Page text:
The Money Advice Trust’s head of public affairs Matt Hartley blogs on our response to the Treasury’s latest consultation on its planned new Breathing Space scheme.
Today is the last day for responses to the Treasury’s latest consultation on its Breathing Space scheme and the government’s planned new additional debt solution, the Statutory Debt Repayment Plan (SDRP). Both have been a long time coming – and as Joanna recently blogged, broadly speaking, we have been encouraged by what the Treasury has come up with so far.
The proposed Breathing Space scheme – now lasting 60 days – offers strong and welcome protections from interest, charges and new enforcement action. Debt advisers will have a central role, using the sensible approach of an online portal run by the Insolvency Service, in a design very similar to the model we recommended last year. Especially pleasing was the inclusion of business debts for sole traders – which we think will make a huge difference to many of the people we help at Business Debtline.
All of this represents a great deal of progress for the sector, but there is a lot more to do to make this scheme as effective as possible.
For Meg van Rooyen and I here at the Trust, and for our policy colleagues across the advice sector, the new consultation has meant plenty of late nights to make sure we influence the scheme in the right direction for the benefit of the people we help.
Here’s a summary of the key points we have raised in our response (or you can read all 15,000 words here!).
Debts to government must be included
This one cannot be overstated. It is absolutely critical that local authorities, HMRC and DWP in particular are included in the protections offered by both Breathing Space and Statutory Debt Repayment Plans. We are pleased the Treasury has taken a sensible approach to which debts should be included – “everything is included until it’s not” – but the absence of any explicit commitment that these public sector creditors will be included was striking.
National Debtline has seen huge rises in the proportion of people contacting us for help with debts to local and central government over the last decade. Council tax arrears now account for 30% of callers to National Debtline, up from 15% in 2009 – while debts relating to benefit and tax credit overpayments have surged from 3% to 16% in the last eight years. It’s often these debts, and the debt collection practices of the public sector, that cause the most disruption to people’s ability to resolve their debt problems.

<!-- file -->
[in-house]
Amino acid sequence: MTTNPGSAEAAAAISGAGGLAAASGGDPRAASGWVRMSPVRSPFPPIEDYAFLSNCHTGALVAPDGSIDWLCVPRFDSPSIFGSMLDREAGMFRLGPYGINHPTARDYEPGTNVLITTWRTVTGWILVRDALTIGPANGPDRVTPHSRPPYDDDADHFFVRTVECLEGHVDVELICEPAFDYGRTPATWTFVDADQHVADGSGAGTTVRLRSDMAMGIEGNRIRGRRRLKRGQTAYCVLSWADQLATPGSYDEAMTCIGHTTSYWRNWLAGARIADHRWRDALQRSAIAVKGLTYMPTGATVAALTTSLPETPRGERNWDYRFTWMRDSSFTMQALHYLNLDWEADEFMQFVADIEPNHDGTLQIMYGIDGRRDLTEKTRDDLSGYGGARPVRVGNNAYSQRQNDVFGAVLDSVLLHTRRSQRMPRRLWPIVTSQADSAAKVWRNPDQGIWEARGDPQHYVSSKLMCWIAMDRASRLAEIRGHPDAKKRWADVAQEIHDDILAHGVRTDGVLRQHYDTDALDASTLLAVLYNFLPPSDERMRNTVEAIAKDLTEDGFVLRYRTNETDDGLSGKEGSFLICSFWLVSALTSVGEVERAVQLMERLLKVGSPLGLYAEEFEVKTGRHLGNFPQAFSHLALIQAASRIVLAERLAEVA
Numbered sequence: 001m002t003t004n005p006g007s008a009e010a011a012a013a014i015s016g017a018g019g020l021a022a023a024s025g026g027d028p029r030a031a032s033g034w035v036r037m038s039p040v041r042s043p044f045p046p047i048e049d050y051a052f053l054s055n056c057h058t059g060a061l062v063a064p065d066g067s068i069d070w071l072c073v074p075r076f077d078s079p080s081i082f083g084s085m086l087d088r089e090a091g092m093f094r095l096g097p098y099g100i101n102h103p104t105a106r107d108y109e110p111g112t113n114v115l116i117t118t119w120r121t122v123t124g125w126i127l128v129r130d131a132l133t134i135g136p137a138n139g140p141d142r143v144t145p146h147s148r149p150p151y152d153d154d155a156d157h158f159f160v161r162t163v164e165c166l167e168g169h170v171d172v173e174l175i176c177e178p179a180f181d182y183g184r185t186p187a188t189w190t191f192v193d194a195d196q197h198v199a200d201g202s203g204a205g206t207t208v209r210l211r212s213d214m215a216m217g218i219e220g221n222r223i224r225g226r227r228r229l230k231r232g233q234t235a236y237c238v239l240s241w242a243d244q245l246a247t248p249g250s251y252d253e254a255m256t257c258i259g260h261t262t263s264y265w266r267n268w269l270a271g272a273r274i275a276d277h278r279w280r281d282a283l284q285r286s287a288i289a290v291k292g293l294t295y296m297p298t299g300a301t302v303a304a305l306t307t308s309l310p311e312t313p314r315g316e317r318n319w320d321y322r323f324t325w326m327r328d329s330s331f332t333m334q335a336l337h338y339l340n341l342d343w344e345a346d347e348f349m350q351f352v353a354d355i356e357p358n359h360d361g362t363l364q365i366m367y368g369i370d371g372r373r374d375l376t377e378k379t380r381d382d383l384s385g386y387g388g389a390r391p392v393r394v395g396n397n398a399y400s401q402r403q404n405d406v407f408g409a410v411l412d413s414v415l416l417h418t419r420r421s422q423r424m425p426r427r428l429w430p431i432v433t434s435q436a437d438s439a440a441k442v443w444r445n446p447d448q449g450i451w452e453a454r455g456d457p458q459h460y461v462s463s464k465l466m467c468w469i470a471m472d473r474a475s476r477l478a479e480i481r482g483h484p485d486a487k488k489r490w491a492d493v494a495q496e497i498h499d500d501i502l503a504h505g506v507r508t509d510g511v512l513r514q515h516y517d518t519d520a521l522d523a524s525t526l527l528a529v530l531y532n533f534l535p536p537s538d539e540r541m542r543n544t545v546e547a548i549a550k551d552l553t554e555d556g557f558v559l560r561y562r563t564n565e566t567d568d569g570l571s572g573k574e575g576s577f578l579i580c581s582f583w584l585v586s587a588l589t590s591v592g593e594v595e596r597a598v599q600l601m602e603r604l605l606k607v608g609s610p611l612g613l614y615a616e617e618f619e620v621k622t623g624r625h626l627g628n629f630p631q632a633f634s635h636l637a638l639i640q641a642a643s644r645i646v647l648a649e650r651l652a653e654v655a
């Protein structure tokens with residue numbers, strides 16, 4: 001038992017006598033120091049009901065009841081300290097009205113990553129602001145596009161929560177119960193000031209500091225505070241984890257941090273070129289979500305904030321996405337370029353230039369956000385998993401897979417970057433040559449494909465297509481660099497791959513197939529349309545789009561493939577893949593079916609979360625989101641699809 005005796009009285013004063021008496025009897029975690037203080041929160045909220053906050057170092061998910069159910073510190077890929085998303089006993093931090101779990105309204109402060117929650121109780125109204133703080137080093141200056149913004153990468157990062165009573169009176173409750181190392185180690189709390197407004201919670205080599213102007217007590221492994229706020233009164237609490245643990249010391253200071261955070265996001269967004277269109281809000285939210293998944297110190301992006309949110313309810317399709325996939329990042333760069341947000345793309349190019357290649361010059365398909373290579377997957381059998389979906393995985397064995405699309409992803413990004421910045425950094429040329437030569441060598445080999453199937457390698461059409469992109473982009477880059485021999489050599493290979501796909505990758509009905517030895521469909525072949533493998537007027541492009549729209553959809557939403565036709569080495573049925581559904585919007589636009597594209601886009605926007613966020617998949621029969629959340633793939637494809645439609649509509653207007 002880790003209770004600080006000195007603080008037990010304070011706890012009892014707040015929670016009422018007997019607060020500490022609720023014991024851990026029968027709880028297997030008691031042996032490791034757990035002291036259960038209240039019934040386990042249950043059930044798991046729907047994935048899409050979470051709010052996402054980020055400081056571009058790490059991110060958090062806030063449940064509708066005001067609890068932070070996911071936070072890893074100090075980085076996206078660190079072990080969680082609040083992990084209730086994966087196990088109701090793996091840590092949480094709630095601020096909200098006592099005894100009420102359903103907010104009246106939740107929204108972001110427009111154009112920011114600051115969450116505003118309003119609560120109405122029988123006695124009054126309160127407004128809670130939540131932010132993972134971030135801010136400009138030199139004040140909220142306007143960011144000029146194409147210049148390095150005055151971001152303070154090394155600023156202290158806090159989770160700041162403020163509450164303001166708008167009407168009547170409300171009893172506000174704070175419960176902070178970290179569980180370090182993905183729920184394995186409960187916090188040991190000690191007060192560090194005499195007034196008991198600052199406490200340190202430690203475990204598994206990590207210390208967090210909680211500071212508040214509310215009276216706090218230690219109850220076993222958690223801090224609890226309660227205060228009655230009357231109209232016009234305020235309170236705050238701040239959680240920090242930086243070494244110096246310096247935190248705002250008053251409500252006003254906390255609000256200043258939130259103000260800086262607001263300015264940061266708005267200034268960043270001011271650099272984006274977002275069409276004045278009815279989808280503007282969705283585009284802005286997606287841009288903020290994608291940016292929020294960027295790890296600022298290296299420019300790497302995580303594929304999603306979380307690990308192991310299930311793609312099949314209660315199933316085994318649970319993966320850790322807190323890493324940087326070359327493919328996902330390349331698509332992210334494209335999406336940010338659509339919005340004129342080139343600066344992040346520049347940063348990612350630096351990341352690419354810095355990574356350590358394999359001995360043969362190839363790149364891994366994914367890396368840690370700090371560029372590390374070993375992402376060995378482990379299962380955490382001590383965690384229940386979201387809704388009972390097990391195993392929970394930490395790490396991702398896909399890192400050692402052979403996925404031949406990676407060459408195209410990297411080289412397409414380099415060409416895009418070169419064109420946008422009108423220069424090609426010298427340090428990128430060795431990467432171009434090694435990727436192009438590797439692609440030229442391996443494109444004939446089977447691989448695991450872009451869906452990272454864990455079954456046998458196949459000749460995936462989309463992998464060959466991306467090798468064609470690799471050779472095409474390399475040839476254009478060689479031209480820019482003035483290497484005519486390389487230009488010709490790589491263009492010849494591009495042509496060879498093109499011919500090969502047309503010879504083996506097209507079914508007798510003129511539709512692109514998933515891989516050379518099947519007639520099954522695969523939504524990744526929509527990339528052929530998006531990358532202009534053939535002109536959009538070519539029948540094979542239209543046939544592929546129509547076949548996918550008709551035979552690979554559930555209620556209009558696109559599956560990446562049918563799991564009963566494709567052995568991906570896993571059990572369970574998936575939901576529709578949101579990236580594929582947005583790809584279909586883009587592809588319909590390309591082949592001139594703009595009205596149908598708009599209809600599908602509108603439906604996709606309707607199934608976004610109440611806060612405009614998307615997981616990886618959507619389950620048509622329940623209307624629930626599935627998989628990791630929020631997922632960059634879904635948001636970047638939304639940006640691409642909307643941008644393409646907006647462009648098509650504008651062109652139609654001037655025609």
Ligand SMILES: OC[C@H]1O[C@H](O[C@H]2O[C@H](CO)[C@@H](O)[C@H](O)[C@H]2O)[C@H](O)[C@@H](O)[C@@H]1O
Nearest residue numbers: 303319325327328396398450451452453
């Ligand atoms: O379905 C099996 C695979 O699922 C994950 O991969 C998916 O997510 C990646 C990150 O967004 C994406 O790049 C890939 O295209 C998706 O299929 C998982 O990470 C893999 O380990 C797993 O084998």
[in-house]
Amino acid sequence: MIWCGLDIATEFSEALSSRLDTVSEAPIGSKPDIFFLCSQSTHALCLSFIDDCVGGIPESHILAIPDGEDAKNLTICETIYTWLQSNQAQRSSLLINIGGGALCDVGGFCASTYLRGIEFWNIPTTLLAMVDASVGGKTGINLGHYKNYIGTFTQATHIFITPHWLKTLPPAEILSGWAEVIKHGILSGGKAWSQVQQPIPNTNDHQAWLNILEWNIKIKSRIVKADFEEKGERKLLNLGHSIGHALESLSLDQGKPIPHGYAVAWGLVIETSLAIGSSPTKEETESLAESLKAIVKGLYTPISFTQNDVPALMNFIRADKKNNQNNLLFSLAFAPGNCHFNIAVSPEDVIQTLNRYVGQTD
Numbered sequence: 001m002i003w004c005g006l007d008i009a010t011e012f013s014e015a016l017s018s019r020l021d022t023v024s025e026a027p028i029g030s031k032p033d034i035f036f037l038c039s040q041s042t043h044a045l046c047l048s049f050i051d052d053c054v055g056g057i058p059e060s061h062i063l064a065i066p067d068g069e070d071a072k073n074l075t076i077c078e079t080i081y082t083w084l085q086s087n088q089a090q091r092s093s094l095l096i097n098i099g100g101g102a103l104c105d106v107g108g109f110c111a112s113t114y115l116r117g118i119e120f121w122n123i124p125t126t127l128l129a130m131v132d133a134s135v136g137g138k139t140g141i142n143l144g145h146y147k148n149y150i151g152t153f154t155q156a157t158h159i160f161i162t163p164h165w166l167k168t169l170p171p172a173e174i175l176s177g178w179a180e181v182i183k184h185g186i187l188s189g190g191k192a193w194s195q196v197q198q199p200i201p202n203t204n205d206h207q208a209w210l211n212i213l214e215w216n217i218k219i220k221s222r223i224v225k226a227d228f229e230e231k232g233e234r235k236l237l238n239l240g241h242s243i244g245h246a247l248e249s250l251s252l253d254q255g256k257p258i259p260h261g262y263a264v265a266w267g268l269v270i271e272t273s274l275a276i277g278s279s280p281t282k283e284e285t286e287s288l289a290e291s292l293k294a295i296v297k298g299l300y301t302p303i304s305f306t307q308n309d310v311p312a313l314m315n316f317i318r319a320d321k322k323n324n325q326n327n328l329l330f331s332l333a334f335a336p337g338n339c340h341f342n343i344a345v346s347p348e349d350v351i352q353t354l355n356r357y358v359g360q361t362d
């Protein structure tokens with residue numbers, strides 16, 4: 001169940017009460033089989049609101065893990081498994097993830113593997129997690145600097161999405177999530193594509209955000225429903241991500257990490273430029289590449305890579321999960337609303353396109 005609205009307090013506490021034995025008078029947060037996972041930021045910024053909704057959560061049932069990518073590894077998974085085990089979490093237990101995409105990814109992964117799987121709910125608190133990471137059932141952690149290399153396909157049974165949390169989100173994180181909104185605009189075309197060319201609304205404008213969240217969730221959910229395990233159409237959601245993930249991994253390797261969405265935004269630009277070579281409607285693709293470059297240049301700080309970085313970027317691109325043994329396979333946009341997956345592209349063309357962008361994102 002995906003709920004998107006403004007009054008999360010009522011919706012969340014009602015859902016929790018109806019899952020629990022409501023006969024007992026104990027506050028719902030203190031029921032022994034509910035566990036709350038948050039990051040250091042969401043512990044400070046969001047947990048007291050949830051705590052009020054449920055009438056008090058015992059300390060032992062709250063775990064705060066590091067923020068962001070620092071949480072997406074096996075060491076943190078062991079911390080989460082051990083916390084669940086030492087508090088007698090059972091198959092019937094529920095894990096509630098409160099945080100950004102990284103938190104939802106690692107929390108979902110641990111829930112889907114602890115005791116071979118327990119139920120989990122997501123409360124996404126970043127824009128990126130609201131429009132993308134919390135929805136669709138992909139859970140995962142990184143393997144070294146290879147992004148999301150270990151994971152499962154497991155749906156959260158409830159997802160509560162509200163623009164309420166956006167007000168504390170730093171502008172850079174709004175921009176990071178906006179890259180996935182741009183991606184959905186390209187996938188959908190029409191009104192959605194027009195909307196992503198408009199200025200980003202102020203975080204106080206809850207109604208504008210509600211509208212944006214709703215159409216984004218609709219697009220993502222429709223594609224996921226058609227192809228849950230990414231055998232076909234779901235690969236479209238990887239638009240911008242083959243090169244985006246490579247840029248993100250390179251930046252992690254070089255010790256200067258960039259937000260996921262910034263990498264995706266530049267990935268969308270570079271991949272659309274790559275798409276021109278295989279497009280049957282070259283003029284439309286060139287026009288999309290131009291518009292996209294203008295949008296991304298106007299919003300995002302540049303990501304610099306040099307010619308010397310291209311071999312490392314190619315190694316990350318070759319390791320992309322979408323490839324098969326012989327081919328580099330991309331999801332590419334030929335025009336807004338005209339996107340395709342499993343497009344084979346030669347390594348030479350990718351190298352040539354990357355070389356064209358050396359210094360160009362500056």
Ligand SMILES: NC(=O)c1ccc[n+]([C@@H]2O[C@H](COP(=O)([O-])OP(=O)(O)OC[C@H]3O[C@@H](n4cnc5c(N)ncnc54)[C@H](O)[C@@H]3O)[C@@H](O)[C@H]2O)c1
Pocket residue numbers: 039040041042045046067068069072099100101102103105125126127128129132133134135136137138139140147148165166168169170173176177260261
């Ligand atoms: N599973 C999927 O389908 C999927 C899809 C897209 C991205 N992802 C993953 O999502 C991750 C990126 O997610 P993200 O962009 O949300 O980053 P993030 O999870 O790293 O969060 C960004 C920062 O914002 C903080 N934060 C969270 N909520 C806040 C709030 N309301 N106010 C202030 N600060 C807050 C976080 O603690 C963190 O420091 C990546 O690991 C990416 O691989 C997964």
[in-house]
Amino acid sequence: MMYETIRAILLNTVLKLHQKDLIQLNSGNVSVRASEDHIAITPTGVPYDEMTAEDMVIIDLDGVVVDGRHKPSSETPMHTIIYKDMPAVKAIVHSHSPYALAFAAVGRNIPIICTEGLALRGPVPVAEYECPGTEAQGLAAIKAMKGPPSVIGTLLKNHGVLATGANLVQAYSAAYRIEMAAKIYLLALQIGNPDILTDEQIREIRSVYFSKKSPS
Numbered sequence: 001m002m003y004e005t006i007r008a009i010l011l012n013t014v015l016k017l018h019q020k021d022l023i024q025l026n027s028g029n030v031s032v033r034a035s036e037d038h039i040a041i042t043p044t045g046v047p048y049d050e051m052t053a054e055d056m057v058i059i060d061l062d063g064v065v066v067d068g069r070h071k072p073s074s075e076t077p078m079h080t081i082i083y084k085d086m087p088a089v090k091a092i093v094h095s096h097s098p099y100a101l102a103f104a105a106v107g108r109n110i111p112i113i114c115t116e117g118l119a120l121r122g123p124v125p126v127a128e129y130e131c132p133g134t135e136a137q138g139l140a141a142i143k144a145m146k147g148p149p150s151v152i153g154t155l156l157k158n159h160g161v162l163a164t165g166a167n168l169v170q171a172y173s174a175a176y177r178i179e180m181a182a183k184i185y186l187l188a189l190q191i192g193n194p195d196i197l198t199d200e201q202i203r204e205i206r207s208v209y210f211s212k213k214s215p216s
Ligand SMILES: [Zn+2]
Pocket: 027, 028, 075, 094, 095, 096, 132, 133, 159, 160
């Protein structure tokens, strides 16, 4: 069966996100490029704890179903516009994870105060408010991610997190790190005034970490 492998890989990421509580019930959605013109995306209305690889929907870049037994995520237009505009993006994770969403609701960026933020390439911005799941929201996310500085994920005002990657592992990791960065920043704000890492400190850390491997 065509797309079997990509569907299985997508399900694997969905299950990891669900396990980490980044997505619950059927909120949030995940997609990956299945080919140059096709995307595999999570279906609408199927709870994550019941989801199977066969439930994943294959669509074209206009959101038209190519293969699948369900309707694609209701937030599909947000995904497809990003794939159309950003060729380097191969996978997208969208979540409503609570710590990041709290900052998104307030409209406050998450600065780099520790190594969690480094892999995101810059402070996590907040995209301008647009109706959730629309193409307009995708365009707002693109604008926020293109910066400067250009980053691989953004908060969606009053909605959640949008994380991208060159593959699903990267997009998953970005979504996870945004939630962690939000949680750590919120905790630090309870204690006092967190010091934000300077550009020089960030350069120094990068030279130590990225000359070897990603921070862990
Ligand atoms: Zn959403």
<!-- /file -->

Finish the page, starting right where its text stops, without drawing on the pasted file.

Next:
This issue has received growing attention – including from the National Audit Office and Treasury Select Committee – and here is an opportunity for the government to show real progress in response.
Requirements on people in debt need reviewing
We worry that the proposed 30 day check – where advisers would check that people within breathing space are on track to resolve their debt problem – would be overly onerous for advice agencies, reducing the time available for providing advice to clients. We have instead suggested a less onerous system – and recommended that any check that is introduced is made as light touch as possible.
Perhaps more concerning is the proposed requirement on clients to meet their ongoing liabilities during the 60 days. While we agree this is of course the ideal scenario, in theory – this risks undermining the overall aim of the scheme by effectively excluding the growing number of people presenting for advice with deficit budgets, who are likely to struggle to meet this requirement in practice. Both requirements should be reviewed.
Additional demand for advice must be funded
As Joanna blogged in November, If Breathing Space is going to the success that we all hope it will be, then demand for debt advice is going to rise significantly – indeed, this is one of the Treasury’s two stated policy objectives behind the scheme. The proposal is silent, however, on how this demand should be funded.
We have recommend that the government make wider arrangements to improve funding for free debt advice to ensure this increased demand can be met – as well as addressing the smaller but still critically important issue of how to fund the actual work involved in operating the Breathing Space portal.
This should also include reviewing the appropriate levels of fees for Statutory Debt Repayment Plans, within the broader context of debt advice funding. Many aspects relating to the operation of SDRPs will no doubt be subject to further consultation, now that these are being developed to a longer timetable – a sensible move and one which reflects the ‘two schemes, not one’ approach that we have previously advocated.
Reasons for optimism
There’s plenty more detail in our full response – on how including sole traders could work, the need for flexibility and adviser discretion, our continued view that both schemes should be restricted to free-to-client agencies, the workings of the mental health alternative access mechanism, and much more.
All this said, we shouldn’t lose sight of the fact that this is a very encouraging proposal – and comes at a time when there are lots of reasons for optimism for all of us engaged in the debt policy landscape.
It feels like we are finally making progress, as a sector, on several fronts – with recent headway in our long-running campaign for bailiff reform, the government making warm noises on affordable credit, and of course the new Single Financial Guidance Body and devolved administrations making their plans for the future provision of debt advice.
If we can add to this list helping the government to get the detail of Breathing Space and SDRPs right, these two schemes could be genuinely transformative for the fight against problem debt. It’s now over to the Treasury for the next move…
Read our full response to HM Treasury’s Breathing Space consultation here.